• It is sufficiently simple that it can be compared across countries and be easily interpreted. GDP statistics are often criticised as they do not represent changes for the whole population; the Gini coefficient demonstrates how income has changed for poor and rich. If the Gini coefficient is rising as well as GDP, poverty may not be improving for the majority of the population.
• The Gini coefficient can be used to indicate how the distribution of income has changed within a country over a period of time, thus it is possible to see if inequality is increasing or decreasing.
• The Gini coefficient satisfies four important principles:
• Anonymity: it does not matter who the high and low earners are.
• Scale independence: the Gini coefficient does not consider the size of the economy, the way it is measured, or whether it is a rich or poor country on average.
• Population independence: it does not matter how large the population of the country is.
• Transfer principle: if income (less than the difference), is transferred from a rich person to a poor person the resulting distribution is more equal.

## Disadvantages of Gini coefficient as a measure of inequality

• The Gini coefficient of different sets of people cannot be averaged to obtain the Gini coefficient of all the people in the sets: if a Gini coefficient were to be calculated for each person it would always be zero. When measuring its value for a large, economically diverse country, a much higher coefficient than each of its regions has individually will result.
For this reason the scores calculated for individual countries within the EU are difficult to compare with the score of the entire US: the overall value for the EU should be used in that case, 31.3[4], which is still much lower than the United States', 45[5]. Using decomposable inequality measures (e.g. the Theil index ${\displaystyle T}$ converted by ${\displaystyle 1-{e^{-T}}}$ into a inequality coefficient) averts such problems.
• The Lorenz curve may understate the actual amount of inequality if richer households are able to use income more efficiently than lower income households. From another point of view, measured inequality may be the result of more or less efficient use of household incomes.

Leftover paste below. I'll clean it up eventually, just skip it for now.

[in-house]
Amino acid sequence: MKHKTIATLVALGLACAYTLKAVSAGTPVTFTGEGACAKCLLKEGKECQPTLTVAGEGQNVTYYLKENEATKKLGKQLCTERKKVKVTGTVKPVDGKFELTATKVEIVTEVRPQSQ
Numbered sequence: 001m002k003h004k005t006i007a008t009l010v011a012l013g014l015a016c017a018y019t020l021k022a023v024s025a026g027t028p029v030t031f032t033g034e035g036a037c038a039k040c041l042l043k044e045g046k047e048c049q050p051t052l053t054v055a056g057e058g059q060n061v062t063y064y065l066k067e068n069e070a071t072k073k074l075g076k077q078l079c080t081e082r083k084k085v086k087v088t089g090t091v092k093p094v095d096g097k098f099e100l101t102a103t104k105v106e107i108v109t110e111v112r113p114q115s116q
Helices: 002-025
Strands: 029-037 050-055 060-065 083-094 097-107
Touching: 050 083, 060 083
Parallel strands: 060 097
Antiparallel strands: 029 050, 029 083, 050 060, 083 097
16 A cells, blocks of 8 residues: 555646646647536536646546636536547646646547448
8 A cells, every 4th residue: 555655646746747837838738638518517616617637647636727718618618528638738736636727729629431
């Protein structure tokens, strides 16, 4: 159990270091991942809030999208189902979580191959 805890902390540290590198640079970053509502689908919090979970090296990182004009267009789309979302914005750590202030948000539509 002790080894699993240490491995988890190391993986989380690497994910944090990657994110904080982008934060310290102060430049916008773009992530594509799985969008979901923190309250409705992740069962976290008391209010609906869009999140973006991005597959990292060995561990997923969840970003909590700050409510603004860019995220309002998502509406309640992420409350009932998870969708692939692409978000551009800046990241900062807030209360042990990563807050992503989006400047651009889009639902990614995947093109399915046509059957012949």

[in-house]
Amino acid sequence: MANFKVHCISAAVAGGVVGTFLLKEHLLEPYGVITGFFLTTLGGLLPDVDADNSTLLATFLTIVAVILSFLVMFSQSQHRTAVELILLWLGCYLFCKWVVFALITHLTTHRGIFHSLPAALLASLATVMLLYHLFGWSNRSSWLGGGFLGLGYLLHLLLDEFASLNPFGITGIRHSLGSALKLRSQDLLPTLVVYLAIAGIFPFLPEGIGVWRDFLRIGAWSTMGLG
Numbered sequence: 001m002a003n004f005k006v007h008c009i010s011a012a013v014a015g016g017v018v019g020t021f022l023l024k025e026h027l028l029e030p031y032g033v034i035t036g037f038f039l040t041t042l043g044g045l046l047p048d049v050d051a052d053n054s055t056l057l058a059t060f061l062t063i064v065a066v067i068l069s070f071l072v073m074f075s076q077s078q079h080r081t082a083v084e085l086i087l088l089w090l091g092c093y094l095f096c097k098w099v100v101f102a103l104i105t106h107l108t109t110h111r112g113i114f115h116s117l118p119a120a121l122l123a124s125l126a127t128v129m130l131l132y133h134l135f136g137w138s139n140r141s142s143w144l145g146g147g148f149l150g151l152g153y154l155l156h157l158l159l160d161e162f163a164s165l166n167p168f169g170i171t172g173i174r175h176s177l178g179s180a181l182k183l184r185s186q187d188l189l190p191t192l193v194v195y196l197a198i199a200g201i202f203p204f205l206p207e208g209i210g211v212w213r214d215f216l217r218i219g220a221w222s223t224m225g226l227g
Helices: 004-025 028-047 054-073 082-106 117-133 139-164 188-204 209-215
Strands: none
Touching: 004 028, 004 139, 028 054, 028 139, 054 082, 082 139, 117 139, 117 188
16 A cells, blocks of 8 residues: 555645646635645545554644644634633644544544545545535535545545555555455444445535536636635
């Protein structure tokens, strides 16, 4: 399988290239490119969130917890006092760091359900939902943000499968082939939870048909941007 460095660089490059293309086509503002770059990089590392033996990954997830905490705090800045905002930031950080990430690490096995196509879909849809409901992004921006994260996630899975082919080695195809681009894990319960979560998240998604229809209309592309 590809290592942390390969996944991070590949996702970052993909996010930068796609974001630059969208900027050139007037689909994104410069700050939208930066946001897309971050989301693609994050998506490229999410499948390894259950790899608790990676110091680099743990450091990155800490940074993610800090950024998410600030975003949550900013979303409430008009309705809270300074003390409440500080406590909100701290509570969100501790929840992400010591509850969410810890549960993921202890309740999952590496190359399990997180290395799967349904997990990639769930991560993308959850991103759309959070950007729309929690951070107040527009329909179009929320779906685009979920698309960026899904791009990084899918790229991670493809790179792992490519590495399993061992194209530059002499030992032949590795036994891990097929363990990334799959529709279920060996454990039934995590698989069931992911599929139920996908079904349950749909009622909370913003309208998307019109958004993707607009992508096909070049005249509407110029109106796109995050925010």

• Economies with similar incomes and Gini coefficients can still have very different income distributions. This is because the Lorenz curves can have different shapes and yet still yield the same Gini coefficient. As an extreme example, an economy where half the households have no income, and the other half share income equally has a Gini coefficient of ½; but an economy with complete income equality, except for one wealthy household that has half the total income, also has a Gini coefficient of ½. In practice, such distributions do not exist, and therefore, the impact of different but realistic curves is less obvious.

## Problems in using the Gini coefficient

• Gini coefficients do include income gained from wealth; however, the Gini coefficient is used to measure net income more than net worth, which can be misinterpreted. For example, Sweden has a low Gini coefficient for income distribution but a high Gini coefficient for wealth (5% of Swedish household shareholders hold 77% of the share value owned by households)[6]. In other words and as a normative statement: The Gini coefficient should be interpreted as measuring effective egalitarianism; and distribution of stock ownership does not appear to correlate to many recognized indicators of egalitarianism.
• Too often only the Gini coefficient is quoted without describing the proportions of the quantiles used for measurement. As with other inequality coefficients, the Gini coefficient is influenced by the granularity of the measurements. For example, five 20% quantiles (low granularity) will usually yield a lower Gini coefficient than twenty 5% quantiles (high granularity) taken from the same distribution. This is an often encountered problem with measurements.